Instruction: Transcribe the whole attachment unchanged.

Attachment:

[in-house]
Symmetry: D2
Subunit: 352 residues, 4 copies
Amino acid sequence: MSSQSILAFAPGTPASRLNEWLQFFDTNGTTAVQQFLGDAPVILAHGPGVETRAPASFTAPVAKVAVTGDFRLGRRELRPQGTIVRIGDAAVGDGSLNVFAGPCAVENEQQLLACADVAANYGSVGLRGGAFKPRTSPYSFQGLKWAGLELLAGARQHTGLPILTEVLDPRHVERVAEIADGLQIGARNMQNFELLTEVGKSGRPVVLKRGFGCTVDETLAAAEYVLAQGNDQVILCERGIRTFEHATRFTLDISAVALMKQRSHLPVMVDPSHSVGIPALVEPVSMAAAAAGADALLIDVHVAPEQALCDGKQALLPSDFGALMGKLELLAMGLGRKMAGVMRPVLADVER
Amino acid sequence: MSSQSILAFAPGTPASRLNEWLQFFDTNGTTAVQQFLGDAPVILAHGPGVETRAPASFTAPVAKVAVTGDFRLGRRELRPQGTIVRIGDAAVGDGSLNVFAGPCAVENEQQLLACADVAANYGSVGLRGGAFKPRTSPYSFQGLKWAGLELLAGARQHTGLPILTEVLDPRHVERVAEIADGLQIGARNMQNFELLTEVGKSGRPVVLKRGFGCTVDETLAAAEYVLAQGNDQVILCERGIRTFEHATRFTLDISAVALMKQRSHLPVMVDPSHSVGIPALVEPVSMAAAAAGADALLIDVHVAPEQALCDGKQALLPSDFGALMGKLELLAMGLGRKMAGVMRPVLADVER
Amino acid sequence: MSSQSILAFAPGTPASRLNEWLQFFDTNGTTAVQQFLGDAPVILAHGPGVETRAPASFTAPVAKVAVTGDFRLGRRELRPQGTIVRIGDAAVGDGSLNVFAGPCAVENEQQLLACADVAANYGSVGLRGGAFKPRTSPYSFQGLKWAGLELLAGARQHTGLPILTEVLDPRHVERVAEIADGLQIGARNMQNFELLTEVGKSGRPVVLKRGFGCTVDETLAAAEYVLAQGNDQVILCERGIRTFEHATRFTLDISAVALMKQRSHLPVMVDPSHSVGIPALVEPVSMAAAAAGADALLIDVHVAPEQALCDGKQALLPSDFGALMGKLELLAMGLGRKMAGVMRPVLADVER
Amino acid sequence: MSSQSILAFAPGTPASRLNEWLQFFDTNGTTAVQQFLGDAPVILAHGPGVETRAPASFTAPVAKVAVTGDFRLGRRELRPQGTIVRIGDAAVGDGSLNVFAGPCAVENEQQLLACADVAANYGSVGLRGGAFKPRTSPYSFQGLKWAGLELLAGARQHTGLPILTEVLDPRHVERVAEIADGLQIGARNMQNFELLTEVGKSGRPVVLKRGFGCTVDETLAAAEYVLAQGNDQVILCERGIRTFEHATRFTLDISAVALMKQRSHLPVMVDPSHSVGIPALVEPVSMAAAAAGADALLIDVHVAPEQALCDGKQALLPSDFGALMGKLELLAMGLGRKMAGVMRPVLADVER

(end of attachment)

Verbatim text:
[in-house]
Symmetry: D2
Subunit: 352 residues, 4 copies
Amino acid sequence: MSSQSILAFAPGTPASRLNEWLQFFDTNGTTAVQQFLGDAPVILAHGPGVETRAPASFTAPVAKVAVTGDFRLGRRELRPQGTIVRIGDAAVGDGSLNVFAGPCAVENEQQLLACADVAANYGSVGLRGGAFKPRTSPYSFQGLKWAGLELLAGARQHTGLPILTEVLDPRHVERVAEIADGLQIGARNMQNFELLTEVGKSGRPVVLKRGFGCTVDETLAAAEYVLAQGNDQVILCERGIRTFEHATRFTLDISAVALMKQRSHLPVMVDPSHSVGIPALVEPVSMAAAAAGADALLIDVHVAPEQALCDGKQALLPSDFGALMGKLELLAMGLGRKMAGVMRPVLADVER
Amino acid sequence: MSSQSILAFAPGTPASRLNEWLQFFDTNGTTAVQQFLGDAPVILAHGPGVETRAPASFTAPVAKVAVTGDFRLGRRELRPQGTIVRIGDAAVGDGSLNVFAGPCAVENEQQLLACADVAANYGSVGLRGGAFKPRTSPYSFQGLKWAGLELLAGARQHTGLPILTEVLDPRHVERVAEIADGLQIGARNMQNFELLTEVGKSGRPVVLKRGFGCTVDETLAAAEYVLAQGNDQVILCERGIRTFEHATRFTLDISAVALMKQRSHLPVMVDPSHSVGIPALVEPVSMAAAAAGADALLIDVHVAPEQALCDGKQALLPSDFGALMGKLELLAMGLGRKMAGVMRPVLADVER
Amino acid sequence: MSSQSILAFAPGTPASRLNEWLQFFDTNGTTAVQQFLGDAPVILAHGPGVETRAPASFTAPVAKVAVTGDFRLGRRELRPQGTIVRIGDAAVGDGSLNVFAGPCAVENEQQLLACADVAANYGSVGLRGGAFKPRTSPYSFQGLKWAGLELLAGARQHTGLPILTEVLDPRHVERVAEIADGLQIGARNMQNFELLTEVGKSGRPVVLKRGFGCTVDETLAAAEYVLAQGNDQVILCERGIRTFEHATRFTLDISAVALMKQRSHLPVMVDPSHSVGIPALVEPVSMAAAAAGADALLIDVHVAPEQALCDGKQALLPSDFGALMGKLELLAMGLGRKMAGVMRPVLADVER
Amino acid sequence: MSSQSILAFAPGTPASRLNEWLQFFDTNGTTAVQQFLGDAPVILAHGPGVETRAPASFTAPVAKVAVTGDFRLGRRELRPQGTIVRIGDAAVGDGSLNVFAGPCAVENEQQLLACADVAANYGSVGLRGGAFKPRTSPYSFQGLKWAGLELLAGARQHTGLPILTEVLDPRHVERVAEIADGLQIGARNMQNFELLTEVGKSGRPVVLKRGFGCTVDETLAAAEYVLAQGNDQVILCERGIRTFEHATRFTLDISAVALMKQRSHLPVMVDPSHSVGIPALVEPVSMAAAAAGADALLIDVHVAPEQALCDGKQALLPSDFGALMGKLELLAMGLGRKMAGVMRPVLADVER